Richard Winger: Sham Candidates Virtually Always Fail to Accomplish Anything for their Backers

Here’s an excerpt from an editorial post by Richard Winger at Ballot Access News:

“Sham candidates” are candidates who have no sincere interest in running for office, but who get on the ballot because one of the more powerful candidates in the same race, or one of the major parties, thinks that the sham candidate’s presence on the ballot will subtract from the total of votes that the other powerful candidate may receive. So, one of the powerful candidates, or parties, initiates the process by which the sham candidate gets on the ballot.

Virtually all attempts at running sham candidates in the general election have failed to achieve their intended purpose. The latest instance of a sham candidate was in the recent special Arizona State Senate election, prompted by a recall petition filed against State Senator Russell Pearce. Backers of Pearce arranged for a sham candidate with a Hispanic surname to appear on the ballot, in hopes that the vote against Pearce would thereby be split. But the sham candidate revealed herself to be a sham candidate by hiding from the media, doing no campaigning, and finally (when the pressure on her was intense) withdrawing from the race.

Read the entire post, including copious examples, here.

10 thoughts on “Richard Winger: Sham Candidates Virtually Always Fail to Accomplish Anything for their Backers

  1. Melty

    A voting method that’s independent of irrelevant alternatives, a spoiler-proof one that is, would solve this problem. Bring on the simplest voting method in the world – approval voting.


    I would like to see Mr. Winger’s analysis of
    how “sham” candidates fare vs. LP candidates who actually campaign hard in 3 way races.
    Want to bet shammers do better on average?

  3. Michael Cavlan RN

    Thanks for this link.

    I just challenged David Cobb of Move To Amend to a public, well advertised debate on Mr Winger’s site.

    Michael Cavlan
    Candidate US Senate
    Minnesota Open Progressive

  4. Rain

    According to Richard Winger, some people’s opinions are simply more legitimate than others, and he’s the only one who will show you the correct path.

  5. George Phillies

    Argument disproves claim — not surprising for the source — namely the person Pearce recruited was not a candidate.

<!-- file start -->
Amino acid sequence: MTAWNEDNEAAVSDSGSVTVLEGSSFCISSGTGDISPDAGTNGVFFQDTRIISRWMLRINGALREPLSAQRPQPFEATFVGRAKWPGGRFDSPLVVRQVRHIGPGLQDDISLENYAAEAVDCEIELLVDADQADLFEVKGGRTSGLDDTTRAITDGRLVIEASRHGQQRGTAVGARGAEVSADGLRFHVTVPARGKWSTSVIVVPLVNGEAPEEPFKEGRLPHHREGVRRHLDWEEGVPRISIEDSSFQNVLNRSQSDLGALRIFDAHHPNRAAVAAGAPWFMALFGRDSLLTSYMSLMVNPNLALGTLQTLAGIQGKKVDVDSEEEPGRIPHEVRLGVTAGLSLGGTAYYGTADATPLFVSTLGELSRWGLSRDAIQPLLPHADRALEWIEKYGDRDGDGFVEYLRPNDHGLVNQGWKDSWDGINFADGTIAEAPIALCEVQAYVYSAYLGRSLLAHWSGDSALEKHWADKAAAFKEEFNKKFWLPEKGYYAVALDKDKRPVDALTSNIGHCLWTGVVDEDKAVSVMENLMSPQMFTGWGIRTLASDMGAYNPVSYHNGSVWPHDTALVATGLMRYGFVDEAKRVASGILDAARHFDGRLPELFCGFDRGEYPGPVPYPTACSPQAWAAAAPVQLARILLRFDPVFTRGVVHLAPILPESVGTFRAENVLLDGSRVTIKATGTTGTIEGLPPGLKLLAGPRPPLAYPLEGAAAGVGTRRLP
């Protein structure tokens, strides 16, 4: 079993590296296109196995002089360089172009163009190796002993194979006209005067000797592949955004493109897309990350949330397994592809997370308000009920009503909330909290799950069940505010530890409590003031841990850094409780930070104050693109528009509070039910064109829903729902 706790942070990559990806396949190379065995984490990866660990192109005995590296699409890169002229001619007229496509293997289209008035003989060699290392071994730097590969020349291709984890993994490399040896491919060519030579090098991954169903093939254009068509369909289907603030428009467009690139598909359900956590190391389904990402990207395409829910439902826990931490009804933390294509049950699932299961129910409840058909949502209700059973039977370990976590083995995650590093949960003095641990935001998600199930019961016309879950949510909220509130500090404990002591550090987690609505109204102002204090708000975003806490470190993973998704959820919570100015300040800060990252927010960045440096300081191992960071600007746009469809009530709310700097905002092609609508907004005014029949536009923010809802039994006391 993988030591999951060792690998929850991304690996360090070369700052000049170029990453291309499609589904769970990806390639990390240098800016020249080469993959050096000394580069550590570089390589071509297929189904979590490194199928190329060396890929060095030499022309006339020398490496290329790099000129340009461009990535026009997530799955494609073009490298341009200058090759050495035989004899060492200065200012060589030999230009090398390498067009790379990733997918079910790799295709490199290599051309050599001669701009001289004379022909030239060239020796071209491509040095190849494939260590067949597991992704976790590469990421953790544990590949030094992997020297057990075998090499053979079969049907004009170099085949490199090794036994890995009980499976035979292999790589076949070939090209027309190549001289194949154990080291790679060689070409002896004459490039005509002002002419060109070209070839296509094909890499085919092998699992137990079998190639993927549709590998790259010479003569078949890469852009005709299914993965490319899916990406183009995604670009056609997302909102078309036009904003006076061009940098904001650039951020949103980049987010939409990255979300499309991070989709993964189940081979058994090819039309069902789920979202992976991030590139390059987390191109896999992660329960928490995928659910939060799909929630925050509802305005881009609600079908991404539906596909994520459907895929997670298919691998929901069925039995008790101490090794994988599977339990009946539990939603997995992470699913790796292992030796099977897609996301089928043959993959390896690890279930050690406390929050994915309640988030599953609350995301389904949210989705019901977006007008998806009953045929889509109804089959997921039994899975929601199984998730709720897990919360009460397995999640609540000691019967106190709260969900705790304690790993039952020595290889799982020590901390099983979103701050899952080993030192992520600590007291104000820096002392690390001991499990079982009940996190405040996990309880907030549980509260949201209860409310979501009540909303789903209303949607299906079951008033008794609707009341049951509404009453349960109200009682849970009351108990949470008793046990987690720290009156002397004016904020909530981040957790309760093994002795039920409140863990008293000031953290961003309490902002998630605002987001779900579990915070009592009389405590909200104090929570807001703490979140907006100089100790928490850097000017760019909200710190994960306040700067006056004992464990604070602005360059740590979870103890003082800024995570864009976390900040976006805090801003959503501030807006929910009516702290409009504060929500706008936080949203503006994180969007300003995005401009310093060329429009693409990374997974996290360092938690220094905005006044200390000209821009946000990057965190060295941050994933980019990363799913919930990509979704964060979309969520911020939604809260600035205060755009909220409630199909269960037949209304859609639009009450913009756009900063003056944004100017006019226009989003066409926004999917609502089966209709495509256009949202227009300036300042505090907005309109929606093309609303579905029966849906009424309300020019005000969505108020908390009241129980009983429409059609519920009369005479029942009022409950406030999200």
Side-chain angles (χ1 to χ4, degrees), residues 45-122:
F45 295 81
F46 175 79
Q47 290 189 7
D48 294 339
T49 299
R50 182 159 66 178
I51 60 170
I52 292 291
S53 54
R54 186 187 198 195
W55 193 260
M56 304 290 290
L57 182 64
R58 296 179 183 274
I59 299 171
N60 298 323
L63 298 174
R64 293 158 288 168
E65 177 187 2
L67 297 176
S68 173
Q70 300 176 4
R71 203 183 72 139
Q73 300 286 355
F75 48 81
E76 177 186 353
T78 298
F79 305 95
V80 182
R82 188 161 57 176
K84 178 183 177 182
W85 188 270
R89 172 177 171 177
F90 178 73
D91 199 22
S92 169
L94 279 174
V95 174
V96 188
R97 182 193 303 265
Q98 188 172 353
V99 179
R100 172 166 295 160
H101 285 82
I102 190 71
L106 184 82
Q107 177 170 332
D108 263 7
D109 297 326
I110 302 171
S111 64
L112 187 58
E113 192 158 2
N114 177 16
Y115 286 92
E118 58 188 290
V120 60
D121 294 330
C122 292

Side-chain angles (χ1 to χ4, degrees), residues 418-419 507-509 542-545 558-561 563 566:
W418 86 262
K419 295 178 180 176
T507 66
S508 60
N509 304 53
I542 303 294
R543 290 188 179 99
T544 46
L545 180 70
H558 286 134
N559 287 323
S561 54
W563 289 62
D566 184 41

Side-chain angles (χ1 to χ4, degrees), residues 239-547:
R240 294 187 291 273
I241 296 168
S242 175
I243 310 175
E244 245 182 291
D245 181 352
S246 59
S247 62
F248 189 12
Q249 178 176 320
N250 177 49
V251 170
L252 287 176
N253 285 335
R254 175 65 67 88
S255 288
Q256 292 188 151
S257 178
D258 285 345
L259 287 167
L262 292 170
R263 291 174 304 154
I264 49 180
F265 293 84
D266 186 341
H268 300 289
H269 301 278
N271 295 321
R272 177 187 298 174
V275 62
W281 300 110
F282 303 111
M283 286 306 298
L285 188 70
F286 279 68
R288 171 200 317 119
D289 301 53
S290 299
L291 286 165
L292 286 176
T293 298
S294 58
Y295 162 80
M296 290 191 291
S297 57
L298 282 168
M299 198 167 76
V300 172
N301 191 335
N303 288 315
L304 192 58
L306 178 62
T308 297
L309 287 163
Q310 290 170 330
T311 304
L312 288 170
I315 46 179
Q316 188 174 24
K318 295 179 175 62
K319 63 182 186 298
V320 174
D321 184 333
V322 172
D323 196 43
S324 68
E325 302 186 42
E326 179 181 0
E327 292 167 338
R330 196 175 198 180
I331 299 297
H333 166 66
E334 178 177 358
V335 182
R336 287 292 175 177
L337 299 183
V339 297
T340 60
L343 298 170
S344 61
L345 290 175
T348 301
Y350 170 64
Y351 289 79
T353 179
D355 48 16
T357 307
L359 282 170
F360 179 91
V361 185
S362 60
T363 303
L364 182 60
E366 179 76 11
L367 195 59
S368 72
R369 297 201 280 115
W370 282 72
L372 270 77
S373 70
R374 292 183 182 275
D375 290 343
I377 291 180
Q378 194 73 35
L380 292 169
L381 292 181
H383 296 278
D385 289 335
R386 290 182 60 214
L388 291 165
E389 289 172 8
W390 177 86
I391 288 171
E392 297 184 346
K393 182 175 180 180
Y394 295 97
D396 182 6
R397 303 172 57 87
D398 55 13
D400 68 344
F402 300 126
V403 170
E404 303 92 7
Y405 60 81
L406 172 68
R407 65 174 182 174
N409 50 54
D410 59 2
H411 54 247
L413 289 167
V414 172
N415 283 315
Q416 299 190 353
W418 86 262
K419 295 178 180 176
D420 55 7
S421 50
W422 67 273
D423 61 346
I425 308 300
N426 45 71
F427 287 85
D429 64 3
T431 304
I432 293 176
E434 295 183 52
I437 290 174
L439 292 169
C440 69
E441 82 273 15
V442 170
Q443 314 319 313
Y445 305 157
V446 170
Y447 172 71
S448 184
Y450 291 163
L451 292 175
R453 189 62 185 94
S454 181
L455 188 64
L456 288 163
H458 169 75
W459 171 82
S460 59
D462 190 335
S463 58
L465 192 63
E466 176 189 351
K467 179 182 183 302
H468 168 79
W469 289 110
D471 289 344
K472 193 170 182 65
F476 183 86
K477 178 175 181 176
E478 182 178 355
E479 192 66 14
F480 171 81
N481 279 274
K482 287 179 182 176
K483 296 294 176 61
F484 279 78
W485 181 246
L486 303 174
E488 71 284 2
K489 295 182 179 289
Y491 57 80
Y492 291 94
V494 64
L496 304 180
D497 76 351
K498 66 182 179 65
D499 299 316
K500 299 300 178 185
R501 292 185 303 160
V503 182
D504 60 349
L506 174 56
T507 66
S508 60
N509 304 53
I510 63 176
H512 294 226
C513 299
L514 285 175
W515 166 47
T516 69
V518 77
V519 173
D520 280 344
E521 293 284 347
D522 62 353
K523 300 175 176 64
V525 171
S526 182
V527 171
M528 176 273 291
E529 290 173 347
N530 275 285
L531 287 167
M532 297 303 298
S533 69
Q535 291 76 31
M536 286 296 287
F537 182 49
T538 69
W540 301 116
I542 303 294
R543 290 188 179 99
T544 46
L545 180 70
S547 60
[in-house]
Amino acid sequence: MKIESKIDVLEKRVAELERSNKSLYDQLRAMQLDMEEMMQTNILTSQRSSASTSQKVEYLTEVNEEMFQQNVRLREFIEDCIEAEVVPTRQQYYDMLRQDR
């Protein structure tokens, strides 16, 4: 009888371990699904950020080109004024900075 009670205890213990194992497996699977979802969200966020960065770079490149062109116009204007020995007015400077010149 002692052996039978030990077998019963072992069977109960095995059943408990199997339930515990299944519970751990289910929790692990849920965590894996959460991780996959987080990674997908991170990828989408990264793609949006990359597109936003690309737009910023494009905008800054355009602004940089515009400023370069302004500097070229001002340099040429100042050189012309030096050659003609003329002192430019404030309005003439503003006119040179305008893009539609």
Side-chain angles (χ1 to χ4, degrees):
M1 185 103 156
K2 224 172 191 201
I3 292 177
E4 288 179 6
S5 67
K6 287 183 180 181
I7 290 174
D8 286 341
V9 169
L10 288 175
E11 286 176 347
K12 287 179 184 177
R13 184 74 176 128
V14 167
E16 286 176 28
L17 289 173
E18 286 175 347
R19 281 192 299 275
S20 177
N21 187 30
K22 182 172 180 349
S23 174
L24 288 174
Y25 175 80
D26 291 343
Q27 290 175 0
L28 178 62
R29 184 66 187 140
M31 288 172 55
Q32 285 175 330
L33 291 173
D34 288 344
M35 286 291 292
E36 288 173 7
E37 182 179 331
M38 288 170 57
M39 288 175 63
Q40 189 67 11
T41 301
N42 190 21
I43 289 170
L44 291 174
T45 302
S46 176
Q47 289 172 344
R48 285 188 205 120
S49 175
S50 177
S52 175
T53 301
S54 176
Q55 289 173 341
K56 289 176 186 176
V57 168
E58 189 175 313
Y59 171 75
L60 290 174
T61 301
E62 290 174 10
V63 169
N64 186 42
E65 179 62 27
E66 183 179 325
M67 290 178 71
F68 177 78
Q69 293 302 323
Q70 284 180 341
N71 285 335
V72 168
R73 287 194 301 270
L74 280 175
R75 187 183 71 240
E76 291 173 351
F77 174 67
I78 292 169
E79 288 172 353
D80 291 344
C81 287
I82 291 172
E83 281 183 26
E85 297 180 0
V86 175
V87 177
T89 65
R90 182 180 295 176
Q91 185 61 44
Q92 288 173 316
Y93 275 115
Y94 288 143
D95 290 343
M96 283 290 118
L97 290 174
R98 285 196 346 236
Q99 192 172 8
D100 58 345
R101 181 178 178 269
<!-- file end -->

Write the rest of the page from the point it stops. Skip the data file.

A good example of a sham candidate, not in our party, was provided when former Libertarian Ilana Freedman ran for Congress in the republican primary, some years back, and found she had a primary opponent. The folks at the Secretary of State’s office noted that his petitions had been brought in by workers for the Democratic incumbent’s campaign. The opponent got enough covert support to win the primary.

    Straw candidates can indeed work.

  6. Jeremy C. Young

    Richard Winger made it clear that he was talking about general elections, not primary elections. Also, the person Pearce recruited was indeed a candidate, until she dropped out (for reasons Richard details on his post).

    I see nothing wrong with his argument, personally.

  7. George Phillies

    No, the Pearce person was not a candidate. She did not run and dropped out way in advance. Pearce made the mistake of not recruiting a dedicated supporter who knew what was going on and was serious about running against Pearce’s opponent.

  8. Jeremy C. Young

    That’s exactly Richard’s point, though. Sham candidates don’t work because they can’t stand the scrutiny. Olivia Cortes was exactly this type of candidate: a faker who wanted to help Pearce, but couldn’t handle the vilification and media attention that went along with it.

  9. Darryl W. Perry

    Sham candidates hide from the media…
    Paper candidates will talk to media & answer questionnaires from organizations/groups that send them out – but otherwise do no campaigning

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